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WFP assists drought hit Karamoja highest malnutrition in Uganda

Nairobi - WFP launches a six-month food relief operation to assist nearly 600,000 Ugandans suffering from drought in the northeastern region of Karamoja.

WFP ASSISTS DROUGHT HIT KARAMOJA -HIGHEST MALNUTRITION IN UGANDA

NAIROBI - The United Nations World Food Programme (WFP) has launched a six-month food relief operation to assist nearly 600,000 Ugandans suffering from drought in the northeastern region of Karamoja.

"Karamoja already suffers from the highest levels of malnutrition in Uganda and given the poor 2004 harvest, we are greatly concerned about the fate of the hundreds of thousands of people there who risk running out of food before the next harvest in September," said WFP Country Director Ken Noah Davies.

Karamoja, comprising Moroto, Kotido and Nakapiripirit districts, has been hit by drought every five years since 1980. According to a joint WFP, Ministry of Health and Unicef nutrition survey in August 2004 the region's average malnutrition rate of 18.7 percent and mortality rate of 3.9/10,000/day are well above the rates found in other regions of the country, including camps for the internally displaced.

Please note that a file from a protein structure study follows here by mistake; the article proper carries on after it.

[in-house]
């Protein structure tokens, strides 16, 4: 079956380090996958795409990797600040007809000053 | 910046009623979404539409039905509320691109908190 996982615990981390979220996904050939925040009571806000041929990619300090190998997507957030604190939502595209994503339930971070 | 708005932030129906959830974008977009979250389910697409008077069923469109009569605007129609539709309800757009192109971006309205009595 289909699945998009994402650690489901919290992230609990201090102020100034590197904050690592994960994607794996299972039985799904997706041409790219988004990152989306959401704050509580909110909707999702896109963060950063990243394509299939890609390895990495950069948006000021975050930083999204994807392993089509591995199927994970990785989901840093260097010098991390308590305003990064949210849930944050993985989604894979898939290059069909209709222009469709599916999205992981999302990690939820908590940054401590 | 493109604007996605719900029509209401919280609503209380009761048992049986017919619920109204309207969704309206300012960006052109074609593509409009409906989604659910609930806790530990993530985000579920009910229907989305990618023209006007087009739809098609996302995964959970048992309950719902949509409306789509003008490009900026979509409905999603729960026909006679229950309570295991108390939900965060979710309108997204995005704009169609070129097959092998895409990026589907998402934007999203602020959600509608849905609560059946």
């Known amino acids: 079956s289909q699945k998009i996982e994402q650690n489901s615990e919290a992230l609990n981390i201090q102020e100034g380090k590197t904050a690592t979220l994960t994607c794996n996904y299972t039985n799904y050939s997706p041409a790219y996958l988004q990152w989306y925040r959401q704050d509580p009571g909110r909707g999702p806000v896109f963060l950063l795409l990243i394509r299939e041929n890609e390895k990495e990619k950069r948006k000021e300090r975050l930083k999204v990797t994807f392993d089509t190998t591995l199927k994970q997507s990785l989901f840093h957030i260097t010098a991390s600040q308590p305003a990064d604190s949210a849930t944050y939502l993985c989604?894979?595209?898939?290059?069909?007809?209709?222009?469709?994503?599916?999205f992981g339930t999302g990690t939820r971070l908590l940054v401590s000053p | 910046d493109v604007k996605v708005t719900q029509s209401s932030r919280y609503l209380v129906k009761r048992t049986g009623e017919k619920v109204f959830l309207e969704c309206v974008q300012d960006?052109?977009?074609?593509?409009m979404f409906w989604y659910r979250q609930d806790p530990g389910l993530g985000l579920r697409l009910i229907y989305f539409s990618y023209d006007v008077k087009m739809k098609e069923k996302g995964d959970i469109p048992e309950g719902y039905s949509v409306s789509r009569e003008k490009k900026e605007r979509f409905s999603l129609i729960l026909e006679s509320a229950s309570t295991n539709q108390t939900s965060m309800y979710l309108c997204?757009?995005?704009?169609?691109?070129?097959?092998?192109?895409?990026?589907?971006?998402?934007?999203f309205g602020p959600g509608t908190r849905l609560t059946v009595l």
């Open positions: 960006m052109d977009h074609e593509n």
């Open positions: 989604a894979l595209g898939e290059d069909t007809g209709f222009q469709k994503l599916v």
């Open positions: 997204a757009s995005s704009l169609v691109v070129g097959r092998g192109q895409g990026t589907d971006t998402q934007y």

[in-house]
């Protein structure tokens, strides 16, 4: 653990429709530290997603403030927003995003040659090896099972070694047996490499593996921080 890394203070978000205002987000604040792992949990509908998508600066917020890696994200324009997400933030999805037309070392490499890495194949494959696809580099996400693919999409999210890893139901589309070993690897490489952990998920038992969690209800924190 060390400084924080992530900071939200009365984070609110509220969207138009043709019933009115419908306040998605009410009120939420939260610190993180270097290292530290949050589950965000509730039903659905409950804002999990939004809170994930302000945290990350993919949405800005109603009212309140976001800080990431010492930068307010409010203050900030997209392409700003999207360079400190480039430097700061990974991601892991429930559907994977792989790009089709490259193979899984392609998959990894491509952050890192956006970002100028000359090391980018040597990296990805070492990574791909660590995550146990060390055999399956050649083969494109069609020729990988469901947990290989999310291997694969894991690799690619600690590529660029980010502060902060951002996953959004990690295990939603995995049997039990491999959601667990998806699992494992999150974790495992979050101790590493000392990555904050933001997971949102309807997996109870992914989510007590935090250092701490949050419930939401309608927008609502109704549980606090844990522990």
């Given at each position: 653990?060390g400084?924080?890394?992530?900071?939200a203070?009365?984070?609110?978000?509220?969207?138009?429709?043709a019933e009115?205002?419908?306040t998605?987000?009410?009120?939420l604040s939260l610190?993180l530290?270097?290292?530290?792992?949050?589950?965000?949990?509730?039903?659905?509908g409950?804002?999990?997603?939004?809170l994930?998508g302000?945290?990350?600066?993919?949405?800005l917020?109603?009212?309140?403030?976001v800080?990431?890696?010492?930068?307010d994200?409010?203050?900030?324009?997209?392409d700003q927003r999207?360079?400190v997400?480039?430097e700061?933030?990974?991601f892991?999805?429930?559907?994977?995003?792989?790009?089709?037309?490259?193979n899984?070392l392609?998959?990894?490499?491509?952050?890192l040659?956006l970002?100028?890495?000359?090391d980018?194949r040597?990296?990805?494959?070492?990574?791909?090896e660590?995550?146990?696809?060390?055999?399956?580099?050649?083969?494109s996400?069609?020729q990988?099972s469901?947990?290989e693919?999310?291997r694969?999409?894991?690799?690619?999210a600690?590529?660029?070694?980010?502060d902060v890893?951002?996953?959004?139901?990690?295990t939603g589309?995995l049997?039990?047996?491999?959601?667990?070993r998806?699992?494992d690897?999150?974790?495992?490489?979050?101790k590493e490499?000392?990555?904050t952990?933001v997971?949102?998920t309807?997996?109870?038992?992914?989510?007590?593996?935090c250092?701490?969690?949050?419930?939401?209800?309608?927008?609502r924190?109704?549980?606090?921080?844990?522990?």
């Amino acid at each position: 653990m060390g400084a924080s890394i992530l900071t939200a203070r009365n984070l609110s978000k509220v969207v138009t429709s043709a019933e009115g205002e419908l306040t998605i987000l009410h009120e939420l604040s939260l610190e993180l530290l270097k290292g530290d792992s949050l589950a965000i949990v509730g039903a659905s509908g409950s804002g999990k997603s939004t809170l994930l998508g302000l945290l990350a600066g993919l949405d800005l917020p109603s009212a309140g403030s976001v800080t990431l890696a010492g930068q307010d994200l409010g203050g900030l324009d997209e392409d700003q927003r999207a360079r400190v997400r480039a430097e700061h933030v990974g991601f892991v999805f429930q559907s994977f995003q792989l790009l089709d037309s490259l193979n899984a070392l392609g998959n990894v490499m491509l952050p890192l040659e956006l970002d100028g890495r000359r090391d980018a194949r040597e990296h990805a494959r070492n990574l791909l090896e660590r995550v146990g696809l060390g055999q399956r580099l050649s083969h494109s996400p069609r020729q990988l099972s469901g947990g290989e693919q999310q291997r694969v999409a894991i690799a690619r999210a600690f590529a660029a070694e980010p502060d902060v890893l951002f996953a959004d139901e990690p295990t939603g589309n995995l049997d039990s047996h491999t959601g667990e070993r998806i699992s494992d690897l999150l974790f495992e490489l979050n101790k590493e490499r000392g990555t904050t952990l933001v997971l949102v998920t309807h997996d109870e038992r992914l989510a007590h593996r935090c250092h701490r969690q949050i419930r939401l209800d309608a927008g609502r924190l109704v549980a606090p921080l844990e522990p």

A second assessment carried out in August by WFP in conjunction with FAO, OCHA, USAID, FEWSNET, the Office of the Prime Minister and the Ministry of Agriculture confirmed three consecutive months (June-August) of below normal rainfall, low crop production and consequently a slow onset of drought.

In an effort to avert hunger and malnutrition, especially among children under five, schoolchildren, the elderly and pregnant and lactating women, WFP has begun distributing food in the sub-counties of Kalapata and Nyakwae in Kotido district, and Rupa and Nadunget in Moroto district. To date the agency has provided a two-month ration of maize and beans to over 123,000 people. More food will be distributed over the next six months reaching nearly 600,000 people before the September harvest.

In addition to this assistance, WFP food aid projects will continue to support nutrition interventions through health centres and adult education, as well as the creation of community assets. WFP school feeding programmes in the region will ensure that primary schoolchildren receive a nutritious meal in school, and that a take home ration is provided to primary school girls who manage to attend class at least 80 percent of the school days.